A: Wearing a mask is important right now to help prevent the spread of COVID-19, but you will also need to work with your employee if they have a qualified disability, like an anxiety disorder. As an employer, you’re obligated to engage in that interactive process and explore accommodation options for a mental health disability, just as you would for a physical disability or medical condition. There are a few accommodations MP’s HR Services team can recommend. One solution is offering an employee a face shield, which might feel less restrictive (and thus less triggering). Another potential accommodation could be allowing some flexible breaks for the employee. They could step outside, take their mask off, and get some fresh air. Lastly, employers can also consider allowing the employee to work remotely (if their job responsibilities allow for it) or temporarily transferring to a different role that could be performed remotely. These are just a few suggestions, and accommodation solutions should be considered on a case by case basis.
If an employee asks for an accommodation that would pose an undue hardship to your business, you are not obligated to provide that particular accommodation. During the interactive process, you just need to come up with accommodations that work for both parties.
Q: Should an employer require disability–related documentation when an employee requests an accommodation (under the ADA) to reduce the risk of exposure to the Coronavirus?
A: Yes. Pre-pandemic, an employer could ask for documentation to establish the employee’s right to receive an accommodation when the disability wasn’t obvious or the need for accommodation wasn’t known or obvious. However, things have changed since the COVID crisis. Doctors are busier now and less available to provide timely documentation. If an employee needs to go into the doctor’s office for documentation, you may be subjecting them to extra potential risk for exposure to COVID, not to mention the stress of a last-minute doctor’s appointment and taking the time out of the day to do it.
There’s no legal requirement for employers to receive disability-related documentation before engaging in the interactive process or granting an accommodation request. Unless you are trying to figure out if the employee really does qualify for an accommodation, this may be a good time not to ask for it.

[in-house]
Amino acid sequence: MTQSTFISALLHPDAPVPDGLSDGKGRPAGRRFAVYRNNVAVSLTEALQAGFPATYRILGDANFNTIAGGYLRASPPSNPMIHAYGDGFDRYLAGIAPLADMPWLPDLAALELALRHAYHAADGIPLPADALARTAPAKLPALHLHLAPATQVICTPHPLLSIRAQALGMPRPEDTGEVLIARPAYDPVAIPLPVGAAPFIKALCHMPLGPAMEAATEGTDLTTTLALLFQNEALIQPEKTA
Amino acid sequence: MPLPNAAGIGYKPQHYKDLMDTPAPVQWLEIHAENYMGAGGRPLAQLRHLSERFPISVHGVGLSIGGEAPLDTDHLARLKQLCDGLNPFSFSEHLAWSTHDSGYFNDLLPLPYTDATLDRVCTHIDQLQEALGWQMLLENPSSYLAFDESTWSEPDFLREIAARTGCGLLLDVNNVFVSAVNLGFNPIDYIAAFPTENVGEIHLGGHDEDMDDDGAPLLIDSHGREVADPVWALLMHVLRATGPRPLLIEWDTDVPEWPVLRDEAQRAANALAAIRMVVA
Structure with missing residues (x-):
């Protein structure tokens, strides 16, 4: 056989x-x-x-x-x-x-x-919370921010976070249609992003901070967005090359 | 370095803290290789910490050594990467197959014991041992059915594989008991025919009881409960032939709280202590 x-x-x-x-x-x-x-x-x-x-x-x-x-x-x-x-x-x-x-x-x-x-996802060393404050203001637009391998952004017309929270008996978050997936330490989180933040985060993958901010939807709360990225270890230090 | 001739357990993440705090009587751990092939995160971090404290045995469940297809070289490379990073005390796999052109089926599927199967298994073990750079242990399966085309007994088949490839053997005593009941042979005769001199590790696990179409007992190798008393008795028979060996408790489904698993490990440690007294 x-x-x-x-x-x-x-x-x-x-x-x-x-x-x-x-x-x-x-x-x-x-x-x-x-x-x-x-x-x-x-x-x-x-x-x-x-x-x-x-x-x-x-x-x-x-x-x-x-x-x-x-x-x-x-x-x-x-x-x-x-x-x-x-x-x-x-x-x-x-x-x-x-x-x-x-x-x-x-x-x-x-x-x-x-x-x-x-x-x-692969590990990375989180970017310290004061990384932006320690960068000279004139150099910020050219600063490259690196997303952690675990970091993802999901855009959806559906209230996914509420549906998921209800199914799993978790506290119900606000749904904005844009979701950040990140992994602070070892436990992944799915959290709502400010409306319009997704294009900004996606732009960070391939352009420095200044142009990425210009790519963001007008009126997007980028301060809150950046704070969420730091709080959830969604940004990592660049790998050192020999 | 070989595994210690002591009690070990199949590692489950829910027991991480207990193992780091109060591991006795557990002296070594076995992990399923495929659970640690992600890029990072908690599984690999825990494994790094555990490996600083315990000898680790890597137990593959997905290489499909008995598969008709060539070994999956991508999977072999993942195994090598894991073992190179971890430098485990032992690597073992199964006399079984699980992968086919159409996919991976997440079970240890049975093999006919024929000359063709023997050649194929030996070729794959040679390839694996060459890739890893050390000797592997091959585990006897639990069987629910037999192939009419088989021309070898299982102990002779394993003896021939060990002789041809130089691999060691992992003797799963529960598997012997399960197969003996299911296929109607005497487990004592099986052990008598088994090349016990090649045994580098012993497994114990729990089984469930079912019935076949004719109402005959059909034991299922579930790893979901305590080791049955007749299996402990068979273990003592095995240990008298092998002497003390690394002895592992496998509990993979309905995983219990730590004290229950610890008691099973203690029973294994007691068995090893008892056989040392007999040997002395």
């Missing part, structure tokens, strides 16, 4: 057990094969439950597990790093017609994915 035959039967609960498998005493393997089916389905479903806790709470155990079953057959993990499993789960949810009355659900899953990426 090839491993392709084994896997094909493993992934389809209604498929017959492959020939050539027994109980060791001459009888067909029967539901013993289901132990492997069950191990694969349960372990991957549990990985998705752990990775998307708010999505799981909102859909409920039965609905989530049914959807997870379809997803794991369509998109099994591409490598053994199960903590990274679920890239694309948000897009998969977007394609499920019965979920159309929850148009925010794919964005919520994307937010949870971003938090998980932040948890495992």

Q: If a job can only be performed at the workplace, are there reasonable accommodations that could offer protection to an employee who, due to a preexisting disability, is at higher risk for COVID-19?
A: Yes, there are a few other accommodations you could offer to an employee when remote work isn’t possible. In a retail business, you can make changes to the physical environment, including one-way aisles or temporarily closing aisles where an employee is working. You can also use PPE plexiglass tables or other barriers to ensure that a safe distance is maintained between customers and staff. Beyond changing the physical work environment, you can also consider temporary job restructuring of non-essential job duties. Lastly, you can try to modify work schedules or shift assignments to reduce employees’ exposure to others. For instance, an employee who is more at risk could be allowed to work the slower shifts in early morning or the late evening.
Q: Is an employee entitled to an accommodation under the ADA if they’re concerned about exposing a family member who, due to an underlying medical condition, is at higher risk of severe illness from COVID?
A: No. The ADA prohibits discrimination based on association with an individual with a disability. However, that protection is just limited to any type of disparate treatment or harassment. The ADA does not require an employer to accommodate an employee without a disability based on the disability-related needs of a family member. For example, an employee who requests a telework arrangement because they live with somebody who is over 65 is not (under the ADA) entitled to this accommodation.
This doesn’t mean you can’t or shouldn’t provide that kind of flexibility to your employees if you want to. In fact, supporting your employees is probably more important now than ever. If you do give this kind support to employees, though, you want to be aware of the optics of that situation. You don’t want other employees or managers to feel that you’re extending flexibility to some employees, but not others in a way that could be perceived as discriminatory.